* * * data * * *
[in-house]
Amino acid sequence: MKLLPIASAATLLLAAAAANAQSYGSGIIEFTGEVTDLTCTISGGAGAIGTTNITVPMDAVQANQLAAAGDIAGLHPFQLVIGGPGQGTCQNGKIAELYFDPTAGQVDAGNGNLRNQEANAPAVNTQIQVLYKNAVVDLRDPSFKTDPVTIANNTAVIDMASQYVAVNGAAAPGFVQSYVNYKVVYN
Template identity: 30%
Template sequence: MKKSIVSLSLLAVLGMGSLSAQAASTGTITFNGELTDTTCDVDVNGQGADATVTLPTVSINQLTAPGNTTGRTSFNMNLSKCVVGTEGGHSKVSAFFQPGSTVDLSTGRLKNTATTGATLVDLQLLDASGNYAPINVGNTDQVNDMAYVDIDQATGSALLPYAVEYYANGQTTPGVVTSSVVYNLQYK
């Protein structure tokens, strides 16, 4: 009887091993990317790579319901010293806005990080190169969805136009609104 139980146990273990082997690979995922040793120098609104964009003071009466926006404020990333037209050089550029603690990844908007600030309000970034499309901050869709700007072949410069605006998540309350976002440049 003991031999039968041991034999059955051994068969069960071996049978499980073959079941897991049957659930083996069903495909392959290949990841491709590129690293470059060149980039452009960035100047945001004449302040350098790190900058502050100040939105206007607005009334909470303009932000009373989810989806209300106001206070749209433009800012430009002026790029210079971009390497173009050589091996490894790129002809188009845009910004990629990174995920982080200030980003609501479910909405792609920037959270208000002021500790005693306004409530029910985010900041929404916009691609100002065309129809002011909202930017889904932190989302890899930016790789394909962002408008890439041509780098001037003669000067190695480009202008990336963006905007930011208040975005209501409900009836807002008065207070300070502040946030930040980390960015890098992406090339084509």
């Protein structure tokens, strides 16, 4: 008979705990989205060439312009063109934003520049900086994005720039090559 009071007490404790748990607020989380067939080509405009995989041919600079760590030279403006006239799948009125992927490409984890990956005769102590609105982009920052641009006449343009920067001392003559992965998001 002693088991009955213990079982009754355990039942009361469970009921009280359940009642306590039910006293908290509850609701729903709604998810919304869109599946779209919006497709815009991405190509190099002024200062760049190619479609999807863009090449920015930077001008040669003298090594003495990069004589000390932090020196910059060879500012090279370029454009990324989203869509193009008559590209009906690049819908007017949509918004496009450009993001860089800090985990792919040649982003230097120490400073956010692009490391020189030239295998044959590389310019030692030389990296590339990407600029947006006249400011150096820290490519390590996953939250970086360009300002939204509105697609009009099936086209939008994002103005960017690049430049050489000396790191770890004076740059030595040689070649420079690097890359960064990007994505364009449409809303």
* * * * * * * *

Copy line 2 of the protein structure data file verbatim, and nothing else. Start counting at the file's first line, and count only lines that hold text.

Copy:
Amino acid sequence: MKLLPIASAATLLLAAAAANAQSYGSGIIEFTGEVTDLTCTISGGAGAIGTTNITVPMDAVQANQLAAAGDIAGLHPFQLVIGGPGQGTCQNGKIAELYFDPTAGQVDAGNGNLRNQEANAPAVNTQIQVLYKNAVVDLRDPSFKTDPVTIANNTAVIDMASQYVAVNGAAAPGFVQSYVNYKVVYN